Let’s assume that Powers International, Inc., a U.S. company, has foreign-source income of $10,000,000, worldwide income of $30,000,000, and a U.S. tax liability on the foreign-source income of $3,500,000. But it also has foreign taxes of $2,500,000 that are eligible to be used as a credit against its U.S. tax liability. Powers International is negotiating a deal with the Smith Group, Pry., Ltd., a South African firm, that would result in an additional $5,000,000 of income. If the sale is considered to be U.S.-source income, Powers International could owe an additional $1,750,000 to the U.S. Treasury, depending on the applicable tax provisions.
If the sale is considered to be foreign-source income, Powers International’s U.S. tax liability could actually be reduced. If the taxes paid by Powers International on this sale exceeded $1,750,000, then worldwide tax liability would increase by $1,750,000, but the U.S. tax liability would decrease by the amount of the foreign tax exceeding $1,750,000. This assumes that the foreign tax on this transaction doesn’t exceed $2,750,000. This amount was determined as follows: $3,500,000 U.S. tax liability on foreign-source income (this assumes a marginal U.S. tax rate of 35%) – $2,500,000 of foreign tax plus the U.S. tax liability on the additional income. This is due to the limitation imposed by the Foreign Tax Credit rules that limit the amount of the credit to the amount of U.S. tax liability on foreign-source income. In this situation, Powers International might want to have the sale be treated as foreign- source income.
Let’s assume that Powers International, Inc., has no foreign- source income or foreign taxes that would be eligible for the Foreign Tax Credit and that it is at the 35% marginal tax rate. If Powers International has an opportunity to make a sale to Smith Group, Pty., Ltd., the location of the sale as indicated by where title is transferred could determine the worldwide tax liability of Powers International. If the South African tax liability is 35% of the income or less, then worldwide tax liability would be the same whether the sale occurs in the U.S. or in a foreign location. But if the South African tax liability exceeds 35% of the income, then Powers International would have a worldwide tax liability that exceeds its U.S. tax liability for the current year as a result of the limitation placed on the amount allowed as a credit against U.S. taxes. In this situation, Powers International should prefer to have the sale occur in the U.S. to minimize worldwide tax liability.
In both scenarios, it’s assumed that only the foreign taxes paid would be eligible for the foreign tax credit and that the additional income would be placed in the same “basket” for determining the eligible amount of foreign taxes. Depending upon a nation’s tax code, the buyer and seller have options to minimize tax liability, but this option isn’t without some restrictions.
Two important considerations directly influence a firm’s tax strategy as it relates to title transfer. If the transaction is determined to be structured primarily for the purpose of tax avoidance, the IRS may deny the titlepassage strategy, and the sourcing will be determined by other factors, such as where the negotiations took place, where the agreement was executed, location of the property, or how payment was made, according to IRC Reg. 1.861-7 (c). In order to show another motivation for selecting a particular point to transfer title, the security considerations mentioned earlier could be used to justify the transfer of title at a given location.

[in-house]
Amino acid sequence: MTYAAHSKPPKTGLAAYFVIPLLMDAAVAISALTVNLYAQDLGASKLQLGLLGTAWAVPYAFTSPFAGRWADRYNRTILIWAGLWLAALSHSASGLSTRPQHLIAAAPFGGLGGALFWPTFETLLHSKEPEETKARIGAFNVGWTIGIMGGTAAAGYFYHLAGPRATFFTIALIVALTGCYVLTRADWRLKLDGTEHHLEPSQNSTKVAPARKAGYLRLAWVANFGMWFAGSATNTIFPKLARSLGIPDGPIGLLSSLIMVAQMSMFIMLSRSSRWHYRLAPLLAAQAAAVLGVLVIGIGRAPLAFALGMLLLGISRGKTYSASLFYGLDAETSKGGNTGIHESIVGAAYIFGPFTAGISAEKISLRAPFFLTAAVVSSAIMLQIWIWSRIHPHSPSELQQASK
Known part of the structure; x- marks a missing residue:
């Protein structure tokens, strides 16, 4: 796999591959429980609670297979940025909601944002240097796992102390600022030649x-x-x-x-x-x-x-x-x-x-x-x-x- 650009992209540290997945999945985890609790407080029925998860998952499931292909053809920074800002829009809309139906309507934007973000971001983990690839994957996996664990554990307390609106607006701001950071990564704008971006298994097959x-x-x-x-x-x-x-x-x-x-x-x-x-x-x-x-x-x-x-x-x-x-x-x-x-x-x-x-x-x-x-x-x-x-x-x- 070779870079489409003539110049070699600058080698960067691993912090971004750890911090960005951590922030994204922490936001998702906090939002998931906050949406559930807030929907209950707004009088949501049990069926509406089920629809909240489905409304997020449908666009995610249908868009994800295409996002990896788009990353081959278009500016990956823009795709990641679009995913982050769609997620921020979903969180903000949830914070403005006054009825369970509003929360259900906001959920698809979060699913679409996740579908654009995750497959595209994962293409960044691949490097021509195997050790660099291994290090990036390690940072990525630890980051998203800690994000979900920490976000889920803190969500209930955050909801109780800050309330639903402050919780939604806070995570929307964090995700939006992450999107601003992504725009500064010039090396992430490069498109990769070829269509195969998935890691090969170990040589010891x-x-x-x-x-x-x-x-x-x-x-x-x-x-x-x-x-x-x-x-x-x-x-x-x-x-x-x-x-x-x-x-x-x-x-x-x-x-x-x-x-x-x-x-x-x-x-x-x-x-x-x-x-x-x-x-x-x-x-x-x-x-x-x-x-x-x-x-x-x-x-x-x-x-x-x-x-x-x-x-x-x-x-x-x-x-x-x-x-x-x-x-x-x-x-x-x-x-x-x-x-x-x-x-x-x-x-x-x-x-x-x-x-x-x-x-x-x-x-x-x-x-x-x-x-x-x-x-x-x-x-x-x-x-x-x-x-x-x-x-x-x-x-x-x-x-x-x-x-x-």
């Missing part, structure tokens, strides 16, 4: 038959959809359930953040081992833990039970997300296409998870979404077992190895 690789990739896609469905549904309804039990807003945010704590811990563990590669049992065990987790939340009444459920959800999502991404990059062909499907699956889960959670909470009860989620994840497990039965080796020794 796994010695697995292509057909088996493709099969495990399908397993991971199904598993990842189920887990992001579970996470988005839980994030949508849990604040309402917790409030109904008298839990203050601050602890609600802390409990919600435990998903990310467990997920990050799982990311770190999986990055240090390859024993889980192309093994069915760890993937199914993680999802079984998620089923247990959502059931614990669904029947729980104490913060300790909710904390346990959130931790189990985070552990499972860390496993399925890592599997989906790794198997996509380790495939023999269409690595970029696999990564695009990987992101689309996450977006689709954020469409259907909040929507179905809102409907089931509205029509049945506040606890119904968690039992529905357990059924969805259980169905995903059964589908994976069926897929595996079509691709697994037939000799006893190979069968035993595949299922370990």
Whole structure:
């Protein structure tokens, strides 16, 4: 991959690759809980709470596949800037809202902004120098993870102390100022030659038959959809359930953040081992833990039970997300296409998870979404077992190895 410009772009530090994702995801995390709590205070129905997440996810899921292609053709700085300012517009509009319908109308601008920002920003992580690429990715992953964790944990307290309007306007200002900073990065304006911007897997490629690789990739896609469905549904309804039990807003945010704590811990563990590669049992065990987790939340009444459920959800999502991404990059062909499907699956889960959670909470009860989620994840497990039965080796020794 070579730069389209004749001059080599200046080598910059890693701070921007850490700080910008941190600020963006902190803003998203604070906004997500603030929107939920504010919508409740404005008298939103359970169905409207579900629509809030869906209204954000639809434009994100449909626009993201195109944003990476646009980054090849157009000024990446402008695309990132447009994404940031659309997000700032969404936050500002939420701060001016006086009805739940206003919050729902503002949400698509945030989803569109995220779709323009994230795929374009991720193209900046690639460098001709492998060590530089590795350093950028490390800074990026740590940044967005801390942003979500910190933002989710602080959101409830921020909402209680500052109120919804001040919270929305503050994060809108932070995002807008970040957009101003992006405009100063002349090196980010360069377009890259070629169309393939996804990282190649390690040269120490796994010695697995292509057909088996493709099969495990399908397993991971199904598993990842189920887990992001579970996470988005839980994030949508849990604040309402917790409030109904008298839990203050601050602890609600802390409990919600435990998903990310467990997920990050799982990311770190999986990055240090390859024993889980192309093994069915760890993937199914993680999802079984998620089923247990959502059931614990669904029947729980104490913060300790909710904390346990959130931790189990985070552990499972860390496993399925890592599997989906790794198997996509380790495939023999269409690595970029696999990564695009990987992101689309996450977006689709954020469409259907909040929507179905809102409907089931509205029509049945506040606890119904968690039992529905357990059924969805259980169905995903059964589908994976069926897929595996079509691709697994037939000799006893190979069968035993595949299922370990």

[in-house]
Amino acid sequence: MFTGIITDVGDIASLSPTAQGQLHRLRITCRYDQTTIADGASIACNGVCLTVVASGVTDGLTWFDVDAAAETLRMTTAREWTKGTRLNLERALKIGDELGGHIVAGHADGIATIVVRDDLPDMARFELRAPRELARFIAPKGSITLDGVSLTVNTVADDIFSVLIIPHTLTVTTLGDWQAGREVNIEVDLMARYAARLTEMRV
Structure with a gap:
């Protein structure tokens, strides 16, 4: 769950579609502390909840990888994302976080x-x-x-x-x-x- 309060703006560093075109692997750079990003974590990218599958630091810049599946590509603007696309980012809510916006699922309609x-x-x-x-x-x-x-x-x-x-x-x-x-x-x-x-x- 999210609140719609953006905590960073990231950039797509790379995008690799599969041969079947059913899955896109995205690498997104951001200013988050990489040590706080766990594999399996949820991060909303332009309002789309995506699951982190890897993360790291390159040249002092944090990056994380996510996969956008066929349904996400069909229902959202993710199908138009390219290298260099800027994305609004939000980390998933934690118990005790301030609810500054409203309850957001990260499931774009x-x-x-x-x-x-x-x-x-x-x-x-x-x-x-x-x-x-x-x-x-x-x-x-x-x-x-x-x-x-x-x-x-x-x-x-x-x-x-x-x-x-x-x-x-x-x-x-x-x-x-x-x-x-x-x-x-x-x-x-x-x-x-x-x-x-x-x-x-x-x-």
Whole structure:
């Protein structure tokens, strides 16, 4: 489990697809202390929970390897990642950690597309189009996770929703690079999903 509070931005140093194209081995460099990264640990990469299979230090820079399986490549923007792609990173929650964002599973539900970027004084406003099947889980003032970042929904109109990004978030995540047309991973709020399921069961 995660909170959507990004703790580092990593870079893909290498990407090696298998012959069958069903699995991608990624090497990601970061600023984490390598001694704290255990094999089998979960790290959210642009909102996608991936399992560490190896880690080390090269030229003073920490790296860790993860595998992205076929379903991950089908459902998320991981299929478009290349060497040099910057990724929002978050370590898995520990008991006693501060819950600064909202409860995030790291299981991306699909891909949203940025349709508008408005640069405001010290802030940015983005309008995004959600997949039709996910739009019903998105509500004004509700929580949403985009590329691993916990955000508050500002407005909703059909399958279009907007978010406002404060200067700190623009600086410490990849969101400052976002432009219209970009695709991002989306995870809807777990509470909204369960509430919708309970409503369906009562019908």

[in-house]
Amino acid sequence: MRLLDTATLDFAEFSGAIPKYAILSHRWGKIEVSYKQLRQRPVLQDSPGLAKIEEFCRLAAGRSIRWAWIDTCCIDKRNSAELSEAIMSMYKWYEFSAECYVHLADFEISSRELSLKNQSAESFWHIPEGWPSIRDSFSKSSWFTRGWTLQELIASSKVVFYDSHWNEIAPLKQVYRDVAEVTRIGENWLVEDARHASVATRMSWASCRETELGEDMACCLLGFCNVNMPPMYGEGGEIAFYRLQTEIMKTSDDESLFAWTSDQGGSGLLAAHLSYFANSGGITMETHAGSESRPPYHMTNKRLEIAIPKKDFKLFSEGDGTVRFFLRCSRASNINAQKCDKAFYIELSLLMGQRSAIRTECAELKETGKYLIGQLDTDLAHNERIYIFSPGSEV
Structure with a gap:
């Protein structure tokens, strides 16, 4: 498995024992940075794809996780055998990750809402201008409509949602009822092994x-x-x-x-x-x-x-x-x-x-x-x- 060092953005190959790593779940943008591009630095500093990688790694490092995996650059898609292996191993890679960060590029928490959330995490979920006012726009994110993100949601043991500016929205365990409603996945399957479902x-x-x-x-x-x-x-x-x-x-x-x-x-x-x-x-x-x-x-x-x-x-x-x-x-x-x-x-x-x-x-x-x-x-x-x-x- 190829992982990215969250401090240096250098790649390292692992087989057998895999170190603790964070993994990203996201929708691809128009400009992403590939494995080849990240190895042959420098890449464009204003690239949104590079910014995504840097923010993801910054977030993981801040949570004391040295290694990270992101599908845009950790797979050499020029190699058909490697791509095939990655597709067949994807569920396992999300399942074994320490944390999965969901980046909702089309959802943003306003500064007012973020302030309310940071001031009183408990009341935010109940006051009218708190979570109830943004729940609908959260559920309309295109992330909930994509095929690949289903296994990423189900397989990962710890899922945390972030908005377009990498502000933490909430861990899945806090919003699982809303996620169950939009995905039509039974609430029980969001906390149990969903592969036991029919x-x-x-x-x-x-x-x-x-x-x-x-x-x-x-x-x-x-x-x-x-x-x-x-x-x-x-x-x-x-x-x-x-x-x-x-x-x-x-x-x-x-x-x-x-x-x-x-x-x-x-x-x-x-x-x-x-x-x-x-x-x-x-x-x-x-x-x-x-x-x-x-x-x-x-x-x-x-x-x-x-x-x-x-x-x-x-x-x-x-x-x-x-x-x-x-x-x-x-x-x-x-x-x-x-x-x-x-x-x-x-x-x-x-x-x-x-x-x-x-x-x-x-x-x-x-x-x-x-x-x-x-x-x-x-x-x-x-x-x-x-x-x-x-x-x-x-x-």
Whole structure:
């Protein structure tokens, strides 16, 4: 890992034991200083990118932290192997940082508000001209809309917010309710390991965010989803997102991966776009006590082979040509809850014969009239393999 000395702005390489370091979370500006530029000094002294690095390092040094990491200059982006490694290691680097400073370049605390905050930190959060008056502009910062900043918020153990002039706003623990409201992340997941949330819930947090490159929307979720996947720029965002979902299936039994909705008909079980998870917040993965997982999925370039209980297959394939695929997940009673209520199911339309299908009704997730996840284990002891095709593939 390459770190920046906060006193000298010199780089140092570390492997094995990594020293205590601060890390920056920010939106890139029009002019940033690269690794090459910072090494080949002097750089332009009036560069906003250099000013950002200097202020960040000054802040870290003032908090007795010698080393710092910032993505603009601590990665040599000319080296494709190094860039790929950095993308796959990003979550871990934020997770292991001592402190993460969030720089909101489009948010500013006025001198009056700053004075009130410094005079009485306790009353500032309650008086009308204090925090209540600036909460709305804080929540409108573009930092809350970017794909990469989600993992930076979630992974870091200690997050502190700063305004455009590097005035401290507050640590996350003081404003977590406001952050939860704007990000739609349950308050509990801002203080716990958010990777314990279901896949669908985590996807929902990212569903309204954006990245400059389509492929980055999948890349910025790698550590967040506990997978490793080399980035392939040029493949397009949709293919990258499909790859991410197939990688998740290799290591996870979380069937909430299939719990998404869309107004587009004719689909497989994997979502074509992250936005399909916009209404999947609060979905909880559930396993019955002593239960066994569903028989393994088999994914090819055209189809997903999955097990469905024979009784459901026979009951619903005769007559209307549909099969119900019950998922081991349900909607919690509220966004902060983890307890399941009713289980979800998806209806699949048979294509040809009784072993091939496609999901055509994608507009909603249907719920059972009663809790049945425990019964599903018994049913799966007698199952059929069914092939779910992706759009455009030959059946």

Personal property that any taxable entity produces doesn’t qualify for the title-passage rule-it must be allocated between the country of manufacture and the country where the sales occur. Because of this requirement, there’s less flexibility in sourcing the income to a particular country. But the portion of the income that isn’t allocated to the country of production still can provide some planning opportunities for the parties to the transaction.
Table 1: List of Incoterms
INCOTERMS AND TITLE
While Incoterms don’t specifically treat the issue of title transfer, they do specifically treat the components used in determining the issue of title transfer. There are 13 Incoterms, and each has a specific delivery component and the documents typically used in determining title transfer: bills of lading, warehouse receipt, delivery receipts, etc. see Table 1 for a list of Incoterms, their delivery point, and documents involved.
If we assume that the seller completes its obligation to deliver at the delivery points included in the Incoterms and/or has provided the appropriate document of title (bill of lading, warehouse or other receipt), title is likely to have transferred from the seller to the buyer at the point of delivery. Certainly, all risks and costs transfer at the point of delivery. Therefore, unless the buyer and seller agree otherwise in the contract of sale, title passes at the point of delivery and/or the furnishing of documents. Thus, in a CIF (Cost, Insurance and Freight) sale connected to a documentary credit payment, unless otherwise stipulated, title would pass from the seller to the buyer when the seller presents to the bank an “order bill of lading” along with other documents stipulated in the credit. An order bill of lading like a bill of exchange can be made out to the bearer of the bill of lading or to the order of a particular person. Therefore, when the exporter presents documents required by the documentary credit to the bank for payment, the exporter is essentially turning over the goods by virtue of turning over the order bill, which is a negotiable bill of lading. Essentially, the order bill demonstrates that the seller performed its obligation to deliver to the buyer by virtue of the goods crossing over the rail of the vessel at the port of shipment, and this was evidenced by the carrier issuing a clean bill of lading.